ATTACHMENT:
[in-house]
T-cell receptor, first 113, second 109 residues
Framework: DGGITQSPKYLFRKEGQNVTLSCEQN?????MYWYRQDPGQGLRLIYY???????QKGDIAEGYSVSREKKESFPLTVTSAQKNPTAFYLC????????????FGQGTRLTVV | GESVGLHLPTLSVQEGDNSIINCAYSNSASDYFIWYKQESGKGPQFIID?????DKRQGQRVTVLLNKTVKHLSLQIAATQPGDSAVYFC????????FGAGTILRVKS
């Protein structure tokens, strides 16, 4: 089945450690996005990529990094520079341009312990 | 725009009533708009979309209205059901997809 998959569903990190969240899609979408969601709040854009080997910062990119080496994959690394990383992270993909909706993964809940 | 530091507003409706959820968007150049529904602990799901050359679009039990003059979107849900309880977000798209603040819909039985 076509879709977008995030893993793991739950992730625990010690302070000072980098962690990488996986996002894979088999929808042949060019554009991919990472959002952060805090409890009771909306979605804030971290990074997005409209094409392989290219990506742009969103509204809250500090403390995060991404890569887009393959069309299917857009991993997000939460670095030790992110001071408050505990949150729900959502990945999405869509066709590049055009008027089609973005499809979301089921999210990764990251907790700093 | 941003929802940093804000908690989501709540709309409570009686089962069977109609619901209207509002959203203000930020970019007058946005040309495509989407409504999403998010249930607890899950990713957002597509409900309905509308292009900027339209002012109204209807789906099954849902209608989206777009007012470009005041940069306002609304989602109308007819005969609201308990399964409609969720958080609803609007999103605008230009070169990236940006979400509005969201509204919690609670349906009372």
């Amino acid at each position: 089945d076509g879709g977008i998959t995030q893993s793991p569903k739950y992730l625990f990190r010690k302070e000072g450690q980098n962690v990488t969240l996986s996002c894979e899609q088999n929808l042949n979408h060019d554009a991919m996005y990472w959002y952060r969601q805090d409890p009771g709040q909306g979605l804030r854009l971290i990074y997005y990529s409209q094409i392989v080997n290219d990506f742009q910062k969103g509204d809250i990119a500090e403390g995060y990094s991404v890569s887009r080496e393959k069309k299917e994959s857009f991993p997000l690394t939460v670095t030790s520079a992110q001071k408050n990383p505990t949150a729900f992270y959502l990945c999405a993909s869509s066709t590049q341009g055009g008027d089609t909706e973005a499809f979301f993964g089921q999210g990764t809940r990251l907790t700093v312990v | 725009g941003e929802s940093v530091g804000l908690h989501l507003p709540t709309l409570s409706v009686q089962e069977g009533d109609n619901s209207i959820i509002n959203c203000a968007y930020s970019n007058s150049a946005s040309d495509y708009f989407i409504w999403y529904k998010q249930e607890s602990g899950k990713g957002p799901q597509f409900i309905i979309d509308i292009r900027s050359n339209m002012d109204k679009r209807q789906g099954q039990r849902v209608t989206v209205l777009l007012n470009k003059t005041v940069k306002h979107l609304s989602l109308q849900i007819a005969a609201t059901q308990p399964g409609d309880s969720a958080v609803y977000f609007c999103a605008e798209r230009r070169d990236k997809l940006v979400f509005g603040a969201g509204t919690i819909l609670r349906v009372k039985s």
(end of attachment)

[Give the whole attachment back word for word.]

[in-house]
T-cell receptor, first 113, second 109 residues
Framework: DGGITQSPKYLFRKEGQNVTLSCEQN?????MYWYRQDPGQGLRLIYY???????QKGDIAEGYSVSREKKESFPLTVTSAQKNPTAFYLC????????????FGQGTRLTVV | GESVGLHLPTLSVQEGDNSIINCAYSNSASDYFIWYKQESGKGPQFIID?????DKRQGQRVTVLLNKTVKHLSLQIAATQPGDSAVYFC????????FGAGTILRVKS
């Protein structure tokens, strides 16, 4: 089945450690996005990529990094520079341009312990 | 725009009533708009979309209205059901997809 998959569903990190969240899609979408969601709040854009080997910062990119080496994959690394990383992270993909909706993964809940 | 530091507003409706959820968007150049529904602990799901050359679009039990003059979107849900309880977000798209603040819909039985 076509879709977008995030893993793991739950992730625990010690302070000072980098962690990488996986996002894979088999929808042949060019554009991919990472959002952060805090409890009771909306979605804030971290990074997005409209094409392989290219990506742009969103509204809250500090403390995060991404890569887009393959069309299917857009991993997000939460670095030790992110001071408050505990949150729900959502990945999405869509066709590049055009008027089609973005499809979301089921999210990764990251907790700093 | 941003929802940093804000908690989501709540709309409570009686089962069977109609619901209207509002959203203000930020970019007058946005040309495509989407409504999403998010249930607890899950990713957002597509409900309905509308292009900027339209002012109204209807789906099954849902209608989206777009007012470009005041940069306002609304989602109308007819005969609201308990399964409609969720958080609803609007999103605008230009070169990236940006979400509005969201509204919690609670349906009372």
């Amino acid at each position: 089945d076509g879709g977008i998959t995030q893993s793991p569903k739950y992730l625990f990190r010690k302070e000072g450690q980098n962690v990488t969240l996986s996002c894979e899609q088999n929808l042949n979408h060019d554009a991919m996005y990472w959002y952060r969601q805090d409890p009771g709040q909306g979605l804030r854009l971290i990074y997005y990529s409209q094409i392989v080997n290219d990506f742009q910062k969103g509204d809250i990119a500090e403390g995060y990094s991404v890569s887009r080496e393959k069309k299917e994959s857009f991993p997000l690394t939460v670095t030790s520079a992110q001071k408050n990383p505990t949150a729900f992270y959502l990945c999405a993909s869509s066709t590049q341009g055009g008027d089609t909706e973005a499809f979301f993964g089921q999210g990764t809940r990251l907790t700093v312990v | 725009g941003e929802s940093v530091g804000l908690h989501l507003p709540t709309l409570s409706v009686q089962e069977g009533d109609n619901s209207i959820i509002n959203c203000a968007y930020s970019n007058s150049a946005s040309d495509y708009f989407i409504w999403y529904k998010q249930e607890s602990g899950k990713g957002p799901q597509f409900i309905i979309d509308i292009r900027s050359n339209m002012d109204k679009r209807q789906g099954q039990r849902v209608t989206v209205l777009l007012n470009k003059t005041v940069k306002h979107l609304s989602l109308q849900i007819a005969a609201t059901q308990p399964g409609d309880s969720a958080v609803y977000f609007c999103a605008e798209r230009r070169d990236k997809l940006v979400f509005g603040a969201g509204t919690i819909l609670r349906v009372k039985s």